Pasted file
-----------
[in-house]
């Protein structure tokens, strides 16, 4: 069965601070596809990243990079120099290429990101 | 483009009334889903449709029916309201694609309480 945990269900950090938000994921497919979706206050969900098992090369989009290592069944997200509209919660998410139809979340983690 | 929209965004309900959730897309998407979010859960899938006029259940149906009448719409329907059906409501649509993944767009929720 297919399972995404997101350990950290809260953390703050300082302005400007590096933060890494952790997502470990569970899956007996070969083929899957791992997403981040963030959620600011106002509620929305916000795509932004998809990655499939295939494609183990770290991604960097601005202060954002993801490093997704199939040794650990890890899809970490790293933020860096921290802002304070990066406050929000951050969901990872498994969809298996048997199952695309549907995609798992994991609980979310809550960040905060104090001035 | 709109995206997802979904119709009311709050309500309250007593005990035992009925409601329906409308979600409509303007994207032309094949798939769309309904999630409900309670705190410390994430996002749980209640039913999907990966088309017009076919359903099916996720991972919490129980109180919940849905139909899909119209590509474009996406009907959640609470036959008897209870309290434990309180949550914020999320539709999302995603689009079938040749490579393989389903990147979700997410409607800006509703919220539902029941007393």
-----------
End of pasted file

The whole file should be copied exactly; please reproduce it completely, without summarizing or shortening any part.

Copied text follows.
[in-house]
């Protein structure tokens, strides 16, 4: 069965601070596809990243990079120099290429990101 | 483009009334889903449709029916309201694609309480 945990269900950090938000994921497919979706206050969900098992090369989009290592069944997200509209919660998410139809979340983690 | 929209965004309900959730897309998407979010859960899938006029259940149906009448719409329907059906409501649509993944767009929720 297919399972995404997101350990950290809260953390703050300082302005400007590096933060890494952790997502470990569970899956007996070969083929899957791992997403981040963030959620600011106002509620929305916000795509932004998809990655499939295939494609183990770290991604960097601005202060954002993801490093997704199939040794650990890890899809970490790293933020860096921290802002304070990066406050929000951050969901990872498994969809298996048997199952695309549907995609798992994991609980979310809550960040905060104090001035 | 709109995206997802979904119709009311709050309500309250007593005990035992009925409601329906409308979600409509303007994207032309094949798939769309309904999630409900309670705190410390994430996002749980209640039913999907990966088309017009076919359903099916996720991972919490129980109180919940849905139909899909119209590509474009996406009907959640609470036959008897209870309290434990309180949550914020999320539709999302995603689009079938040749490579393989389903990147979700997410409607800006509703919220539902029941007393």